Oval goa stone, Europe, 1601-1800
Goa stones are named after their place of origin, Goa in India. They are artificially manufactured versions of bezoar stones, which are found in animal stomachs. Goa stones are made from a combination of clay, silt, shells, resin and musk and are typically spherical in shape. Scrapings from Goa stones mixed with water were drunk as a remedy for numerous ailments, including plague. They were also placed in drinks to counteract suspected poisoning. They were highly valued and could change hands for enormous prices. This stone has a case made from interwoven gold threads to give its ornate pattern.
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Glossary: goa stone
A popular 17th century remedy for various fever-like diseases, a goa stone consisting of various drugs made up in the form of a hard ball, from which a portion was scraped as required.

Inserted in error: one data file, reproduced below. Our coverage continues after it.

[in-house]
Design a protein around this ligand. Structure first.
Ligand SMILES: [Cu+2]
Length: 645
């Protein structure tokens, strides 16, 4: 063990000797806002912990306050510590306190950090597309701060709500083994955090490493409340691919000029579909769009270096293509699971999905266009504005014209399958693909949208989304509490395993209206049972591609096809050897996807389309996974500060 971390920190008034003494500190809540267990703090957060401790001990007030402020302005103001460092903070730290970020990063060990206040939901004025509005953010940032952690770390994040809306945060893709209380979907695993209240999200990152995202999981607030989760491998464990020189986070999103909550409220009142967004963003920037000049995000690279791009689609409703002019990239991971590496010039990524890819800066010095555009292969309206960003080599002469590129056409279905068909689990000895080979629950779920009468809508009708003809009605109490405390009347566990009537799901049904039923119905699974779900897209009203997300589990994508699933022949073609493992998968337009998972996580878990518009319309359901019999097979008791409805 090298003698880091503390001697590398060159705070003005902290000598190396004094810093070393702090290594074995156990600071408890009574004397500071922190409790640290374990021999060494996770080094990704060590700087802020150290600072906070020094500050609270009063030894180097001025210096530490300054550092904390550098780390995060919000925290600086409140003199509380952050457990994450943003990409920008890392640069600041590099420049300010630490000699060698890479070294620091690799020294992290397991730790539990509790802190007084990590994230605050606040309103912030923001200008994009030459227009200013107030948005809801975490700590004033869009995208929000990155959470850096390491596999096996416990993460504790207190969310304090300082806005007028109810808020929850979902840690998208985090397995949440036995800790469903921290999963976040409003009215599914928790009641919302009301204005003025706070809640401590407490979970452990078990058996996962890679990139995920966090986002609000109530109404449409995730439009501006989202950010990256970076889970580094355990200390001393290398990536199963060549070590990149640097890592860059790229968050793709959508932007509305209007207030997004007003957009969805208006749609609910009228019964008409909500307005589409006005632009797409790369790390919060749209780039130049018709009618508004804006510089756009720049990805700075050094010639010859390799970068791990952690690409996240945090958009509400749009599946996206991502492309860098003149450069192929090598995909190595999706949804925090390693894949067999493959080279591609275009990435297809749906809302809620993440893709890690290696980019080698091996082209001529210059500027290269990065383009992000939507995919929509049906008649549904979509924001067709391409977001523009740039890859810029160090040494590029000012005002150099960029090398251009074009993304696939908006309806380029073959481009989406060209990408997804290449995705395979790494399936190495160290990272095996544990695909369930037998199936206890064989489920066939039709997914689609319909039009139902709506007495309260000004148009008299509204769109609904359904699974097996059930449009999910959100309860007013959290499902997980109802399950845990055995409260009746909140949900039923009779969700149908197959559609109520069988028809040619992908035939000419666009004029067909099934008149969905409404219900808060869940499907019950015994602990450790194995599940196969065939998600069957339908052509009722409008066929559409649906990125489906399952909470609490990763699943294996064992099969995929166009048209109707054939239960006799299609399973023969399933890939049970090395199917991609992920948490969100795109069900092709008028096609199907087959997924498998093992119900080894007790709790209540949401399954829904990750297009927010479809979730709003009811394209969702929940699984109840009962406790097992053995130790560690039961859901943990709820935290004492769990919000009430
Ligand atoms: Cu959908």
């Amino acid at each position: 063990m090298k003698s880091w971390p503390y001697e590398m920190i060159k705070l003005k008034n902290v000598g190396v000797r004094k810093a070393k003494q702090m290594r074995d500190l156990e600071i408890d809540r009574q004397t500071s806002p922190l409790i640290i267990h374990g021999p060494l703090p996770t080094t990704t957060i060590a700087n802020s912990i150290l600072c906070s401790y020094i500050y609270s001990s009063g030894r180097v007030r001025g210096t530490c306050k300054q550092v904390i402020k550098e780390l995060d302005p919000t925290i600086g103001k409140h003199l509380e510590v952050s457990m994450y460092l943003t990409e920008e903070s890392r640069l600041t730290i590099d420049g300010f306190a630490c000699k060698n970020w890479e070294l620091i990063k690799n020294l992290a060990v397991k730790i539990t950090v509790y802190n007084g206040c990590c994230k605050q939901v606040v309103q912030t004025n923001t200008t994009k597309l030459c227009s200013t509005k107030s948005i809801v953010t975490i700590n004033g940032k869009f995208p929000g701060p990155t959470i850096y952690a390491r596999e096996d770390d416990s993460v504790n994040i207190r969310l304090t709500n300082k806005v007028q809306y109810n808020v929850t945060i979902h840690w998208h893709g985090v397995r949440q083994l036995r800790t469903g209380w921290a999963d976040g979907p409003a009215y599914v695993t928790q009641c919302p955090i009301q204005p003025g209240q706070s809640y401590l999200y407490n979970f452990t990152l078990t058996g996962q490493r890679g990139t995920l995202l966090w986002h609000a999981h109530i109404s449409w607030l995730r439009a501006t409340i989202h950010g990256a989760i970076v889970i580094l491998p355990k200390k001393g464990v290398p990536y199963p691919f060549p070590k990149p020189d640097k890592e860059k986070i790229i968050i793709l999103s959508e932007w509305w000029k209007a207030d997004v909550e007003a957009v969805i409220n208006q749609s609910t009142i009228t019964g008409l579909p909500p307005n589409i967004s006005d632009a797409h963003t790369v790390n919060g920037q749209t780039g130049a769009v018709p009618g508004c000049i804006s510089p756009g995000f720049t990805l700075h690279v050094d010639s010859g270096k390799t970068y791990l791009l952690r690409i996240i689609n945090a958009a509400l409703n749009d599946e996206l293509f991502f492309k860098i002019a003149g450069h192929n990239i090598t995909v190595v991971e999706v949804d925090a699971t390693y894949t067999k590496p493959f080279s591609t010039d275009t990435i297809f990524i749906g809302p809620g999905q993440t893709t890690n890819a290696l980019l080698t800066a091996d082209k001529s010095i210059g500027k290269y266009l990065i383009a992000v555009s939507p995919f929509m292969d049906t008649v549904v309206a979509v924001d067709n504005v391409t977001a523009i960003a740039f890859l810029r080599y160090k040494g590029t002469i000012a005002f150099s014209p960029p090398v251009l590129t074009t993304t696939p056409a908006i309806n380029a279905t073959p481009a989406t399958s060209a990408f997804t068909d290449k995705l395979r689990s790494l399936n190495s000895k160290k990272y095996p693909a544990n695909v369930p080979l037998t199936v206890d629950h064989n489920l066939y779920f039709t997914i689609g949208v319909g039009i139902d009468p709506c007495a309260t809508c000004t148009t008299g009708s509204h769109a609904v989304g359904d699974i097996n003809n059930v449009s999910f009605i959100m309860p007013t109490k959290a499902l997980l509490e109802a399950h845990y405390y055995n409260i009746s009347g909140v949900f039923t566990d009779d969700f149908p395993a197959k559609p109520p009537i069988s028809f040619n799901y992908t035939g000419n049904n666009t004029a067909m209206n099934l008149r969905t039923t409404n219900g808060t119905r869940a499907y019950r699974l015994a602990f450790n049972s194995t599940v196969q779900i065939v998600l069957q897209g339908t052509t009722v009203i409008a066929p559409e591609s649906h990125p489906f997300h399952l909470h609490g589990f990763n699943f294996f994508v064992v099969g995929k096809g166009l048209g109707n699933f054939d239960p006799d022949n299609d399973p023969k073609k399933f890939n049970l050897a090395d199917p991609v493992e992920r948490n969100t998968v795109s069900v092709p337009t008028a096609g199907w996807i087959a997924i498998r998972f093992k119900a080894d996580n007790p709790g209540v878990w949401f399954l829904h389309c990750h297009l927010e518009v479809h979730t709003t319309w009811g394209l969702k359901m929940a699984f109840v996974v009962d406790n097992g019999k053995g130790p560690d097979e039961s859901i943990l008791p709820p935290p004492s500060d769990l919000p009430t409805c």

Any agent which, when introduced into the animal organism, is capable of producing a morbid, noxious, or deadly effect upon it. poisons are usually defined seperately from toxins or venoms as substances which are absorbed through epithelial linings such as the skin or gut.
An acute contagious fever with high levels of mortality. Both the 'Black Death' that swept Europe in the 1340s and the Great Plague of London in 1665 are believed to have been bubonic plague.
The capital of the colonial Portuguese empire in Asia and East Africa which gained its independence from the Portuguese in 1961.